A Decade of Dope Done and Dusted

By Mike Welsh

A friend of mine recently celebrated a relatively unusual anniversary. Not your regular red letter day which routinely rolls around, but a very significant milestone.

One year off the weed.  It had been a year since she quit smoking dope.   A destructive habit which saw her smoke marijuana every single day for the best part of the past decade.

And it wasn’t a choice made from a point of health or finances or maturity. It was simply a matter of life or death.

An impressive landmark reached by a gutsy young woman not yet 30 years of age.

But don’t dare express sympathy for her because she no longer sees herself as a victim. It was her call and her call alone to stop.  She didn’t want to die. Her call to no longer be a victim. No more “poor me”.

And it’s this mentality which inspires her to stay clean. While she acknowledged the “awesome” support network in her corner in a Facebook post announcing  the “anniversary“  she proudly claims her own determination as the major reason for reaching a year without reaching for bong to blank out a  bleak existence.

Her father had left home when she was two, a decade later when not even a teenager she was parenting her unpredictable and unreliable mother who was abusing alcohol, prescription drugs, and was briefly hooked on heroin. She’d witnessed her mother attempt self-harm. She saw her mother OD.

Her resolution brought to an end a decade of daily dope smoking, a habit which at its peak involved consuming between 30 to 50 cones a day. A decade which included reckless behaviour, dark depression, frequent and complete mental breakdown and strong suicidal thoughts.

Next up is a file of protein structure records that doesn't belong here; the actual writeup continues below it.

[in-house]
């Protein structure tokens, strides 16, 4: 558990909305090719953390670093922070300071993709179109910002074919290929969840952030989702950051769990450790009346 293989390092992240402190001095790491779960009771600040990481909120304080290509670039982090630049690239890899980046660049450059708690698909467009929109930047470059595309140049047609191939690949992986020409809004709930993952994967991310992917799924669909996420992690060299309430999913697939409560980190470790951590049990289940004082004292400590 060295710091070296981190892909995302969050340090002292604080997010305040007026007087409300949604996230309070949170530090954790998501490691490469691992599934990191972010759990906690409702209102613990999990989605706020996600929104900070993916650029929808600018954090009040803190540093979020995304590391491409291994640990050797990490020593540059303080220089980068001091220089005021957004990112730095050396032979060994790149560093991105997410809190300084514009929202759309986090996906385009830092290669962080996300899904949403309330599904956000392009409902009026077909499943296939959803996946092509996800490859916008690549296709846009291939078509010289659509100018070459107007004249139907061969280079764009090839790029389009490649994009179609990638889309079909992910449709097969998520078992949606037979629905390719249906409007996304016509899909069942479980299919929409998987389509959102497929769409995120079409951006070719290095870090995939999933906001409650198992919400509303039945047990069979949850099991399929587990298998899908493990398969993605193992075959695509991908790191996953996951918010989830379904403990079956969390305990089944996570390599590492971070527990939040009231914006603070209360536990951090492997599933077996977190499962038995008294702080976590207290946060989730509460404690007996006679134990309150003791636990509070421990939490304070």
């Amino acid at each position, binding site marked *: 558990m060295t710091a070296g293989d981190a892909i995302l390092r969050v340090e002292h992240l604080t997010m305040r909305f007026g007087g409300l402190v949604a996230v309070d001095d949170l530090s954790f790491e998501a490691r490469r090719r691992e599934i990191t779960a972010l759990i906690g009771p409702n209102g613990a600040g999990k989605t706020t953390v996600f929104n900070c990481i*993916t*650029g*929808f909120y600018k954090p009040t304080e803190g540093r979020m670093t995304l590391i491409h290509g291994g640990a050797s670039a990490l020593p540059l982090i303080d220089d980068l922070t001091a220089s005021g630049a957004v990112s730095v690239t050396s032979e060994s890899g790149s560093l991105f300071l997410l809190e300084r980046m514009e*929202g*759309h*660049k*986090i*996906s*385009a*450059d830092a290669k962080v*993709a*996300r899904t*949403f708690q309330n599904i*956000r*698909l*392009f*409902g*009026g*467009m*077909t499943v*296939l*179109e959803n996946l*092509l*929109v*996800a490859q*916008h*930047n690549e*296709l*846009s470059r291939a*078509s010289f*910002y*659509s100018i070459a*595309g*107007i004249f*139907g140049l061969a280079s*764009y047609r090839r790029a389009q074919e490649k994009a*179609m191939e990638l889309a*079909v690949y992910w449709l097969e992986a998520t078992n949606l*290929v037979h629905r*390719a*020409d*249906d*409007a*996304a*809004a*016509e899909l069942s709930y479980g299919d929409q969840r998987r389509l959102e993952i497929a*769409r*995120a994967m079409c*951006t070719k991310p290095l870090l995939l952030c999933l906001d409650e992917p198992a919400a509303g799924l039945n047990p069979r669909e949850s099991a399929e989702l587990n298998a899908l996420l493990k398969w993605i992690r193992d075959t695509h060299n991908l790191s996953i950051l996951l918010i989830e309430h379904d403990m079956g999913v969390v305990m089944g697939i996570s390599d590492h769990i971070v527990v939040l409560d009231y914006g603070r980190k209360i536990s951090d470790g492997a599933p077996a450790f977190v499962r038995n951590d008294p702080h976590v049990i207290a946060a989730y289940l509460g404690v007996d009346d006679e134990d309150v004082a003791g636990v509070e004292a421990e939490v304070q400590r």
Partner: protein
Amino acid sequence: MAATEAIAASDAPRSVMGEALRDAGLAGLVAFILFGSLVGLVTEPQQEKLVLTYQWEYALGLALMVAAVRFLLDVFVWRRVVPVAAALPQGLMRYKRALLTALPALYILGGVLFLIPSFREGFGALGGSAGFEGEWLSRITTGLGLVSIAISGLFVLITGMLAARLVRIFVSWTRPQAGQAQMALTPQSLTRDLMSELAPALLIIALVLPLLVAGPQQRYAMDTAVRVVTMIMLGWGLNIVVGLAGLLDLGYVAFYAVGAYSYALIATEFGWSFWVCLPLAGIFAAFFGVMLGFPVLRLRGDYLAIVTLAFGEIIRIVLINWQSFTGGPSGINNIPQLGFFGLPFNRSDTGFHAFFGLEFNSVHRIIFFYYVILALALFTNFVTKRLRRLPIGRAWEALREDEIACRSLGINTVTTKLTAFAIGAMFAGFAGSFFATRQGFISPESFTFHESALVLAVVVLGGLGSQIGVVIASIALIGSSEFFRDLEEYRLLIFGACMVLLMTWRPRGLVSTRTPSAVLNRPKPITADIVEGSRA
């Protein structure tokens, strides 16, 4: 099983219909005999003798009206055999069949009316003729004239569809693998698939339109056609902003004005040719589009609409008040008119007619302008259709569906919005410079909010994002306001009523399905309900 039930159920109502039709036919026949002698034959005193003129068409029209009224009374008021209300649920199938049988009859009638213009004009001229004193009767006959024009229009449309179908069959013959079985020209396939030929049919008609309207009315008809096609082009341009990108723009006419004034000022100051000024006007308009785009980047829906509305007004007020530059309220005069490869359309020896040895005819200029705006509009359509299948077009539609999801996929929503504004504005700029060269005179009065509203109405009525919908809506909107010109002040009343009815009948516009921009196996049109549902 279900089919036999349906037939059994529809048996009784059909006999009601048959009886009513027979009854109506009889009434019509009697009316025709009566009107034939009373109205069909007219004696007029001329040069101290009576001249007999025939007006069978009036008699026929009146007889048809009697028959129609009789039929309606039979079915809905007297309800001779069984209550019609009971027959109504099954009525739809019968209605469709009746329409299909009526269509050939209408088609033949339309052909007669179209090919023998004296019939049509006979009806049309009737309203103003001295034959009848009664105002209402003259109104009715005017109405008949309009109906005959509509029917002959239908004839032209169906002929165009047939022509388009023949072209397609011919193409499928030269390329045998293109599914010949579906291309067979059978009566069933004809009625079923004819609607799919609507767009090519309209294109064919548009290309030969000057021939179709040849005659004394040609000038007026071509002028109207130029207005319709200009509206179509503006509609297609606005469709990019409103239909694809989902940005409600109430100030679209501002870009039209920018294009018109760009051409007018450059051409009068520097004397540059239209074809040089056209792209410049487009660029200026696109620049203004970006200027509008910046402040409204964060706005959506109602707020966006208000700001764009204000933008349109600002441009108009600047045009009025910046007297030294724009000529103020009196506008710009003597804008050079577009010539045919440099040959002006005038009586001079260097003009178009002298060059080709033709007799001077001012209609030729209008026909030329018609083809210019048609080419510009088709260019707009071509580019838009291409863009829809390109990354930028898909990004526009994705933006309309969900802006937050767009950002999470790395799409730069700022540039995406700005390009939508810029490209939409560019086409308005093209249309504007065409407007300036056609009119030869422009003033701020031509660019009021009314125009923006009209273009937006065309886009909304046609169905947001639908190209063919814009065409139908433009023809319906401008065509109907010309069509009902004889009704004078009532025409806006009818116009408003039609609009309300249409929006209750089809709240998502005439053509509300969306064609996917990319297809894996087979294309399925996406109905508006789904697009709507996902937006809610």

“I would find myself driving and thinking what if I just drove into a tree or just walked in front of a truck and these thoughts became more regular leading up to what I call hitting rock bottom.

Finally one night these thoughts scared the living shit out of me, it was like it had come down to a matter of life and death”.

Two years ago, the death of the man who raised her hurled her headlong into a much darker place with more weed the only way to “deal” with life. But it was also the beginning of her life changing decision to stop.

She thought she had a fair understanding of what was involved in getting clean and was prepared to endure it but quickly discovered the relentless flood of pain which came with purging her body of the destructive dope.

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“As I had not been without weed for a day since I was 16 my body went into shock, I had sweats, vomiting, shakes, could not sleep or eat and my anxiety went into overdrive, at times I could see my own heart palpitating through my skin beating so fast I actually thought I was going to die. It was all this which made me realise how dependent my own body had become on this drug”.

During the months following her  “drawing a line in the sand” on her destructive lifestyle,  her determination to stay clean was rattled with yet another family death (her father who left when she was two and with whom she’d just reconnected) and  being surrounded by mates who still smoked weed.

A psychologist has helped my brave friend work through the issues she once used weed to forget.

Her anxiety is still something that comes and goes.  She still has bad days but they are now vastly outnumbered by the good.

And she has developed a good relationship with her mother who has been clean for more than a decade.

Clive Palmer Hang Ups

By Mike Welsh

clice PIC March 4

PUP leader Clive Palmer’s big mouth has dropped him in the poo gain. The mining magnate  put his fat foot in it today with a comment that Prime Minister Tony Abbott “commit suicide”

At a  press conference Mr Palmer said: “There’s a million students going to tertiary education in this country. There’s a million more that’s about to go, and a million more that’s just left.

“So commit suicide Tony Abbott, you know.”

Questioned by reporters whether this was an appropriate thing to say Mr Palmer said: “It’s political suicide to go against the will of the Australian people.”